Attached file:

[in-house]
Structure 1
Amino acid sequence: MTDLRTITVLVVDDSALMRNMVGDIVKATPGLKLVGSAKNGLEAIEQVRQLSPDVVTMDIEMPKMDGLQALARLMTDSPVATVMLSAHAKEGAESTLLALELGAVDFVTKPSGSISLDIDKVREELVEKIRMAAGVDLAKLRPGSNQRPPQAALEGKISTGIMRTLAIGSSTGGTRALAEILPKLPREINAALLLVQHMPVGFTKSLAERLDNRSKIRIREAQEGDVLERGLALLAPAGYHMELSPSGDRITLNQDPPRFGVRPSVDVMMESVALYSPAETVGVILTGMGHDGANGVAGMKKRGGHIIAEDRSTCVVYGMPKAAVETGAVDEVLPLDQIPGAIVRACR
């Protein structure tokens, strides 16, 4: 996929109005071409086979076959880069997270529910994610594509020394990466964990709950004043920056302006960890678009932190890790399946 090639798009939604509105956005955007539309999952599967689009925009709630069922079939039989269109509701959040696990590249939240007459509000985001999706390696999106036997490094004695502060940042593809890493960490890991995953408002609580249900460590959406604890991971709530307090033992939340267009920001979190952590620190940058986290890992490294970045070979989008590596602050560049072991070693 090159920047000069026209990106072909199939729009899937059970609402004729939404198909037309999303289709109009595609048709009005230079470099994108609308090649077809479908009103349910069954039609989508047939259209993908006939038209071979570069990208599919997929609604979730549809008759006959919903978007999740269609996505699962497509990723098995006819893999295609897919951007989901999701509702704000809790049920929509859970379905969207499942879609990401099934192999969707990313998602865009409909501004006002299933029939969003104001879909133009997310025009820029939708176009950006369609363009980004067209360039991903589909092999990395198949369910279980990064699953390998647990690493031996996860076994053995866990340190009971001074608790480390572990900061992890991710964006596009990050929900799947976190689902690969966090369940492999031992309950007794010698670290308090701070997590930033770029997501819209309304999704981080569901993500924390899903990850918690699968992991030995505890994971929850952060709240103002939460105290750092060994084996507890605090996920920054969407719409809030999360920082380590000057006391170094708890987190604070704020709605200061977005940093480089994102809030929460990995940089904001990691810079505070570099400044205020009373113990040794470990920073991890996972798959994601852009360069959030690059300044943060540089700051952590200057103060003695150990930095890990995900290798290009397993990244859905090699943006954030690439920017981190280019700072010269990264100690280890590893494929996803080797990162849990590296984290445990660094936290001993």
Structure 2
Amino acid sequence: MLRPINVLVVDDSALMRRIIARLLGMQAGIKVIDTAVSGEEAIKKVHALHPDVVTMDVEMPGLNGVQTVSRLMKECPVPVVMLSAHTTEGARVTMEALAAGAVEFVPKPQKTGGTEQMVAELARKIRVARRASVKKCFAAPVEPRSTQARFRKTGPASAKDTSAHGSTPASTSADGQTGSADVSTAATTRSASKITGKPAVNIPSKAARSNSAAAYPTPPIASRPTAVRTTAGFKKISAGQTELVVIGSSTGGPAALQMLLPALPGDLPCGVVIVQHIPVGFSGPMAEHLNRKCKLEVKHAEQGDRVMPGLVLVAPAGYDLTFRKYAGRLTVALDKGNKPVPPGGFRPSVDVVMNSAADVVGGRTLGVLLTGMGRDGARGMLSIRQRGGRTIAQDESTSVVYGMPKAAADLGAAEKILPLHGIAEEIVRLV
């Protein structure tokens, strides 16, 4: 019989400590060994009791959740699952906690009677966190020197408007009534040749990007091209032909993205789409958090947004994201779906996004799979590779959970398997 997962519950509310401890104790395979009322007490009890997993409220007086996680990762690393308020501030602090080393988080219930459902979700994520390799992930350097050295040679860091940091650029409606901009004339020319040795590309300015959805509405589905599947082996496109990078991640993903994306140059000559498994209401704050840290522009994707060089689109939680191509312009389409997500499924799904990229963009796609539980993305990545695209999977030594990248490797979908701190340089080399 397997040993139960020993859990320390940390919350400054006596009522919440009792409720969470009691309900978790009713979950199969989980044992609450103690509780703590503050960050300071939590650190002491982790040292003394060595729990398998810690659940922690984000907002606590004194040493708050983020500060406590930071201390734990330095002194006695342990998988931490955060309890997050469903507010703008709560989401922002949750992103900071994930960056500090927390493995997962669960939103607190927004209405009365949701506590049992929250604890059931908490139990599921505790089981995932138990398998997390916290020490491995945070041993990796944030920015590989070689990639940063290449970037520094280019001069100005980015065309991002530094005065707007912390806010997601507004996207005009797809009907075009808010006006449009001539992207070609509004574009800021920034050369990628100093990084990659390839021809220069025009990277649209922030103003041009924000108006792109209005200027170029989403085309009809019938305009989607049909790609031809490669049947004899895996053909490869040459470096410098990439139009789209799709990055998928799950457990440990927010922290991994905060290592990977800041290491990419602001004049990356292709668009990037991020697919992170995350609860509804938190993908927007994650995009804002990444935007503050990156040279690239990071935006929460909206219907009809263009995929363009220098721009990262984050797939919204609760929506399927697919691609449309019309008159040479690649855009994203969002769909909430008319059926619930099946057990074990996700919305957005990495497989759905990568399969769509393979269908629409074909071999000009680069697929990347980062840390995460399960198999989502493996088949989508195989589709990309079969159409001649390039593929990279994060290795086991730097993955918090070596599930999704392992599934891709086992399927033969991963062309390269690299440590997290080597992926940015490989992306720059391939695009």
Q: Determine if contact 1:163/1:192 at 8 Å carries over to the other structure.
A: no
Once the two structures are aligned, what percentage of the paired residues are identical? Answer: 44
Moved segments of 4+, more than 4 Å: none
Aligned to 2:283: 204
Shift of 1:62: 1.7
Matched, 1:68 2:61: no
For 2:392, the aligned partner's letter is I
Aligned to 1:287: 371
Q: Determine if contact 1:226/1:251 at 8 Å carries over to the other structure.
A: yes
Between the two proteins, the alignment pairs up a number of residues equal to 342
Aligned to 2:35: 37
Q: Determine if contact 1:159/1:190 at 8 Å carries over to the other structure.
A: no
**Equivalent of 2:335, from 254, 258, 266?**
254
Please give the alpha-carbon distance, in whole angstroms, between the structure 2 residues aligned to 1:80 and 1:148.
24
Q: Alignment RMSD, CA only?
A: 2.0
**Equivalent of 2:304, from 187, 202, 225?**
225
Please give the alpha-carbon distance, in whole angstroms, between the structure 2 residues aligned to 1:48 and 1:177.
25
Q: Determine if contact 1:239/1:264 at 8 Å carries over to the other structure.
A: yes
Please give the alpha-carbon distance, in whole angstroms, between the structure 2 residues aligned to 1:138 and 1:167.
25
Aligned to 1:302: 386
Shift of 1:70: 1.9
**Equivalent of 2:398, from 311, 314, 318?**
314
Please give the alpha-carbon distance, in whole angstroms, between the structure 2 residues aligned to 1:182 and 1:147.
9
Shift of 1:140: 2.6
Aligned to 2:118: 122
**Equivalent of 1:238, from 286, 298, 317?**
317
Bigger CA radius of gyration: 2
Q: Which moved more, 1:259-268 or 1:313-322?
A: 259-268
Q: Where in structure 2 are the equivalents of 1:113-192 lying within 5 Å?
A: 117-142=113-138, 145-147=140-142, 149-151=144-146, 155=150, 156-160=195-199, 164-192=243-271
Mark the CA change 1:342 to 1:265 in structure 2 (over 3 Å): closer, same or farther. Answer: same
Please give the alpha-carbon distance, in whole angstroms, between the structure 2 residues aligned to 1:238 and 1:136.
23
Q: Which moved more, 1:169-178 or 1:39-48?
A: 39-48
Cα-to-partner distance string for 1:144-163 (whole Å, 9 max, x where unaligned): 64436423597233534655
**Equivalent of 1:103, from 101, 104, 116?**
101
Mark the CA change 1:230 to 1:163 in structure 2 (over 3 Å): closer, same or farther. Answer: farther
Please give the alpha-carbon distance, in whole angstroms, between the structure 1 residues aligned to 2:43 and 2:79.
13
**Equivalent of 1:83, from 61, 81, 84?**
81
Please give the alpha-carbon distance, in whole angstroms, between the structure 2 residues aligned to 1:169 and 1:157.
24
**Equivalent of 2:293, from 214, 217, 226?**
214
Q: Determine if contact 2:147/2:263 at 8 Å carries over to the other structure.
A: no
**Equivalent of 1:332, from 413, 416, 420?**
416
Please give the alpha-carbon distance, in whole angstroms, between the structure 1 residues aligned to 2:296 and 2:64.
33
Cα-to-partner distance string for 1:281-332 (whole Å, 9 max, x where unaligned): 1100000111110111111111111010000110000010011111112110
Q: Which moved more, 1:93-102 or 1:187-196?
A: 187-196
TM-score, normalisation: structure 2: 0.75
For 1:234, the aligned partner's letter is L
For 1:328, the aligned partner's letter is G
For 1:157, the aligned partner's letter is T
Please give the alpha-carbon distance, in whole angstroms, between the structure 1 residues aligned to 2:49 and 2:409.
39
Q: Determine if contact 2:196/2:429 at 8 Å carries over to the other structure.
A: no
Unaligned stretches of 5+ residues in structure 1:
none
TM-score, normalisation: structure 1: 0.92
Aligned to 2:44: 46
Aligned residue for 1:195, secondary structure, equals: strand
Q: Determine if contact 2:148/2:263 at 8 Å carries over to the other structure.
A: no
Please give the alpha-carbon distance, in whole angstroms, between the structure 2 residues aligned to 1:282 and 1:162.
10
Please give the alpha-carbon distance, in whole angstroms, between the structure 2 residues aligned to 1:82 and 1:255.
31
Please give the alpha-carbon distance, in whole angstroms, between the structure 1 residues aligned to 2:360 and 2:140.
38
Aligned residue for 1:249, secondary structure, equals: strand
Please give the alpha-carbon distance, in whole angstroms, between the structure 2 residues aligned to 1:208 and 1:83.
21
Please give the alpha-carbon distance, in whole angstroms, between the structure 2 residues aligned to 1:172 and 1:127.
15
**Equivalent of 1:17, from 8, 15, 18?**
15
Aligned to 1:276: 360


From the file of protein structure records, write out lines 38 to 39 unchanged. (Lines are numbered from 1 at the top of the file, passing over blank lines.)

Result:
Shift of 1:70: 1.9
**Equivalent of 2:398, from 311, 314, 318?**